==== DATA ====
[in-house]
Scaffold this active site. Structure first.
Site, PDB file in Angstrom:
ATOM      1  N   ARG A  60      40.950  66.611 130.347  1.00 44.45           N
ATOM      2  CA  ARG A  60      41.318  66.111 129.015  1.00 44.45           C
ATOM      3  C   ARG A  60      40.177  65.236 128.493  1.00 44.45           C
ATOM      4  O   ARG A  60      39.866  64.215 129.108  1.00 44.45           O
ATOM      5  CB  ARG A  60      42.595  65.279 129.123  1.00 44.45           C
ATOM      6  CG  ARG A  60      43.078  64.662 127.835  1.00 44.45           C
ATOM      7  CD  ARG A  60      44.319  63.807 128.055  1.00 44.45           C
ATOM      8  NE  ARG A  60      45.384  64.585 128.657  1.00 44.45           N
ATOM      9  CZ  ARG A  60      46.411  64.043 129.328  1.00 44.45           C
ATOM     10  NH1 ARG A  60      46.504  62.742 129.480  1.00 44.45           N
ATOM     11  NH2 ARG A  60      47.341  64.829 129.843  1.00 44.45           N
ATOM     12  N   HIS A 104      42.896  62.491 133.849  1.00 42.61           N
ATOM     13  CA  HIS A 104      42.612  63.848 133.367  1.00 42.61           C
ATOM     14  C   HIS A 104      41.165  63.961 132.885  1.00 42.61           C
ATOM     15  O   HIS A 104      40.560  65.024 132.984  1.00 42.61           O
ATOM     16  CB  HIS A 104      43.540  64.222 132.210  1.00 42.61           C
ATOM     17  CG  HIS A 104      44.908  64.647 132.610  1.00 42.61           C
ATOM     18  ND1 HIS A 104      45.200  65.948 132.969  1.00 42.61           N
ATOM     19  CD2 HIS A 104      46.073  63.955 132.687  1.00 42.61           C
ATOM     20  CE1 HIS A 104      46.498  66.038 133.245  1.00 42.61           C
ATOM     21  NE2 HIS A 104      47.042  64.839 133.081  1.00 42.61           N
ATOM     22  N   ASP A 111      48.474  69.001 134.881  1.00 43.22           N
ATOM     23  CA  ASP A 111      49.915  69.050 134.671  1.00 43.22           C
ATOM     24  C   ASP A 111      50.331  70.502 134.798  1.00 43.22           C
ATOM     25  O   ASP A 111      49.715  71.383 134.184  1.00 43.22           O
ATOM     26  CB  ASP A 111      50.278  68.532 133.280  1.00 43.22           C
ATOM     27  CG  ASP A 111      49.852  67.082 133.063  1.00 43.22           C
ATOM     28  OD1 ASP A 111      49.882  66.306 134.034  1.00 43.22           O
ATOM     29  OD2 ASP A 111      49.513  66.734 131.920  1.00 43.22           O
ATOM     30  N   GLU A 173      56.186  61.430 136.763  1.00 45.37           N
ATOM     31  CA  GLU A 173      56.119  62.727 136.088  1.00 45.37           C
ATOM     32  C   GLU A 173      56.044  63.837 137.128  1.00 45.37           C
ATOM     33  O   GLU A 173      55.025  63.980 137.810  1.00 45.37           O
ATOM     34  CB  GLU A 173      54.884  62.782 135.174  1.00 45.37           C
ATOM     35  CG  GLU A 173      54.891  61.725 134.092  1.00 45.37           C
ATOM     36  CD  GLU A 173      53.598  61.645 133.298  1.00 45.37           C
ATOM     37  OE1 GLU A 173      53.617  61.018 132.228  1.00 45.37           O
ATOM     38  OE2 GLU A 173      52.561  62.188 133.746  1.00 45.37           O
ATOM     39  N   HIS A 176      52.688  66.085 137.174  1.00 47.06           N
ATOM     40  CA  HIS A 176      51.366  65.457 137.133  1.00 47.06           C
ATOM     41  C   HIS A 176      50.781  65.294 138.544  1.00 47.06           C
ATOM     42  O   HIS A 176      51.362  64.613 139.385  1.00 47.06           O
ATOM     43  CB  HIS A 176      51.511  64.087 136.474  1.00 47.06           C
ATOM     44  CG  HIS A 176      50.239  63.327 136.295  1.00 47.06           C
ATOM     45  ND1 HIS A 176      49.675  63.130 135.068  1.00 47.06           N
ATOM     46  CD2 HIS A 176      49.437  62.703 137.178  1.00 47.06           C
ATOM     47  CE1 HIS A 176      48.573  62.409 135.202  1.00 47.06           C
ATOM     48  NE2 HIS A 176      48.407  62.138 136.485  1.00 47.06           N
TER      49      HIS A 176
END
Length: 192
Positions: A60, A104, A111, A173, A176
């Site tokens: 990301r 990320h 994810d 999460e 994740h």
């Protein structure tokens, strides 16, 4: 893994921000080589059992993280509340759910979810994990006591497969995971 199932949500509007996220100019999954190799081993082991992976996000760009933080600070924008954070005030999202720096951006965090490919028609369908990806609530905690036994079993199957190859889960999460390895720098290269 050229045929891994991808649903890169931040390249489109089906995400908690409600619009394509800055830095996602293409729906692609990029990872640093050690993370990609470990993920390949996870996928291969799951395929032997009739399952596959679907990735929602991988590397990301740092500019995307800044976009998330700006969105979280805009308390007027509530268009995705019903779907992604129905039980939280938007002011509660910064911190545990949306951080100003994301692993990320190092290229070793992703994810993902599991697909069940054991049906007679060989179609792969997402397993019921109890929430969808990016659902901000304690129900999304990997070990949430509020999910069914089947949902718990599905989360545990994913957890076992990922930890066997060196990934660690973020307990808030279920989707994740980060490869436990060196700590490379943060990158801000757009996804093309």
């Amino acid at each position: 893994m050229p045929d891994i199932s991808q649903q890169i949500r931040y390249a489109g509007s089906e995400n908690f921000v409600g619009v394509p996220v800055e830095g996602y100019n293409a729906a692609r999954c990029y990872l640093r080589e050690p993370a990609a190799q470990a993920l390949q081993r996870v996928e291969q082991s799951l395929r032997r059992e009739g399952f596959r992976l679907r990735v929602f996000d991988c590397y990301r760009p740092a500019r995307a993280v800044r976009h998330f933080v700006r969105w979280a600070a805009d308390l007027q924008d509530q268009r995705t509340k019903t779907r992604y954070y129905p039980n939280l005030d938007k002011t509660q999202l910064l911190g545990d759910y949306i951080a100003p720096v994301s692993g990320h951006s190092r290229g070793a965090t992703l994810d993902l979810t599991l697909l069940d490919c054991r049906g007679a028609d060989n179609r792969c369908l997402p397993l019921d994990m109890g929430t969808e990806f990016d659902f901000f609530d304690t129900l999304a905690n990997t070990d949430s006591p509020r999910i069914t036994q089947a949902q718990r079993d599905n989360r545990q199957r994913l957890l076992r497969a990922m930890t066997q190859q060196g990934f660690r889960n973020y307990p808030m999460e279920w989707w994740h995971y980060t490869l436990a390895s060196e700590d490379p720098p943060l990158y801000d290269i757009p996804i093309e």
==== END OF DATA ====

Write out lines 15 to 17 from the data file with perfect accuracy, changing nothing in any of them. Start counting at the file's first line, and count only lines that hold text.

ATOM     12  N   HIS A 104      42.896  62.491 133.849  1.00 42.61           N
ATOM     13  CA  HIS A 104      42.612  63.848 133.367  1.00 42.61           C
ATOM     14  C   HIS A 104      41.165  63.961 132.885  1.00 42.61           C